Shipping-1

The Inside of the Box as I opened it.

The prints were securely fastened to the box which was very nice to see.  I have seen all kinds of varieties of shipping from the bad to the excellent, like Fracture.  Be prepared to have a pair of scissors, an exacto blade, or a small saw to get into the packaging!

Shipping 2

Securely fastened prints in the packaging.

 

 

Print Quality

The Print Quality of the Fractures left a bit to be desired.  I was impressed by the overall presentation of the print after it was hung and seen from a distance, but up close the print appears to be pixelated.  Blacks are made up of a series of dots from different colors.

Detail of the Fracture Print with 3x Macro Magnification.

Detail of the Fracture Print with 3x Macro Magnification.

I noticed this rather quickly on the small print.  This print was not much of a photograph, it was more of a design.  The tree and foreground were rendered in Photoshop and I added a sunset from an old picture to the background.  In the detail you can see that the black areas are made up of several colors with a certain fringing that was not present in the original design.

Fracture-Me-Small-Print-Detail

Detail of the Fracture Print with 3x Macro Magnification.

I would expect this from a large print as larger prints tend to show more of the grain in a photograph than small ones.  This pixilation is present in both large and small images.

As I said before, the images look amazing on the wall and from a distance as the pixels run together.  With that being said, these prints are more for the individual who wants a clever, clean, and modern way to present their images, but is not overly concerned with print quality.  I would venture to say they are home-worthy, but not gallery worthy.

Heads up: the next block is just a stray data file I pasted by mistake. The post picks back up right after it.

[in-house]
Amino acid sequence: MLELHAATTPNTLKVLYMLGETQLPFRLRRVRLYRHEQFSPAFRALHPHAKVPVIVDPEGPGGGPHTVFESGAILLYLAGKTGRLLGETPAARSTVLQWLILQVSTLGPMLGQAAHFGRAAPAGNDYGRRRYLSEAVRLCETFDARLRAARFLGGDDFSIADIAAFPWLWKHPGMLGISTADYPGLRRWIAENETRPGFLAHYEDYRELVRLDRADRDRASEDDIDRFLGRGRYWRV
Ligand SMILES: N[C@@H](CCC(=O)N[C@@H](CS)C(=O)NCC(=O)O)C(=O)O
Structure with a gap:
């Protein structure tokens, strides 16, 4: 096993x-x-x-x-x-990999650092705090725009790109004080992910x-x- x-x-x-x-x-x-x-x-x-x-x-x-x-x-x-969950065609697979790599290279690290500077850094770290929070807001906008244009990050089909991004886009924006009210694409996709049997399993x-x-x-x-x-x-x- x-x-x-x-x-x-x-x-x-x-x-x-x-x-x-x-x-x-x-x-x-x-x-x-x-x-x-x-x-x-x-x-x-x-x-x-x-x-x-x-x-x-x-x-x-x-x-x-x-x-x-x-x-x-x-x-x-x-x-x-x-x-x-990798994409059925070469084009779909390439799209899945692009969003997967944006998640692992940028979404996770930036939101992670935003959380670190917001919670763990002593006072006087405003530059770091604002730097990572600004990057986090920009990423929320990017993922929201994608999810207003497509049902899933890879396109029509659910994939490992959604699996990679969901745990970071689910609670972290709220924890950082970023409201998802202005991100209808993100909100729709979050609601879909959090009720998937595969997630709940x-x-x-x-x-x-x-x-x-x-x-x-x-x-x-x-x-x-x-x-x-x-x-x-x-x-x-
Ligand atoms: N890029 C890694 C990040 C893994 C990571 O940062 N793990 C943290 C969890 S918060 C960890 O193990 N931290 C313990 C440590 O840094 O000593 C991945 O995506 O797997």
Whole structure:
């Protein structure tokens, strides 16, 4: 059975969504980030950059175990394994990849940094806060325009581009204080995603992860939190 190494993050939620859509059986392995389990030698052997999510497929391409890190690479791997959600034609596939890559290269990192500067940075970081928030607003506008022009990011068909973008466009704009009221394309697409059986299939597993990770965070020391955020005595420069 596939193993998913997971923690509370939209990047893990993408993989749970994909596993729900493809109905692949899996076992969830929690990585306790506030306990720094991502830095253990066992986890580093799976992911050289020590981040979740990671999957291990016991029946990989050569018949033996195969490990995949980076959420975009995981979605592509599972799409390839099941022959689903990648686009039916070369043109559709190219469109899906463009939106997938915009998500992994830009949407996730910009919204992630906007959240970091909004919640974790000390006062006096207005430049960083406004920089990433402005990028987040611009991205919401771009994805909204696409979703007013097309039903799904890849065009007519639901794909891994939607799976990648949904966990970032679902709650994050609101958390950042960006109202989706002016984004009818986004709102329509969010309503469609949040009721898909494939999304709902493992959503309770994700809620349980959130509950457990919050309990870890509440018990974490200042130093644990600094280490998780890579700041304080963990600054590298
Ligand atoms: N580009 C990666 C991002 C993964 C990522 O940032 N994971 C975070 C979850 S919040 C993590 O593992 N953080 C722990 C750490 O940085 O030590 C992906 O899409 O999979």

Back-of-Fracture

The reverse side of the Fracture Print.

 

Hanging Method

One of the areas that separates mice from men in the printing industry is the method used to hang the print.  Some methods are very sturdy and make it easy to install, while others may leave the integrity of the work on the wall in question.  Each Fracture print comes with a screw to hang it in the wall.  This is not your normal screw, it is a pre-anchored screw designed to penetrate drywall but give it enough body to not fall out easily.

Supplied-Screw

Screw included with every print.

 

The small print came with a rather easy hanging method.  It is a pre-dug out portion of the foam core that fits the head of the supplied screw.  Once in place, just slide the print down and the print is hung.  While this seems logical, I am curious as to how many times one could hang the piece before the foam core begins to erode away.  Or how many unlucky attempts you have at lining it up perfectly before the foam core hole is damaged.

Hanging-Methods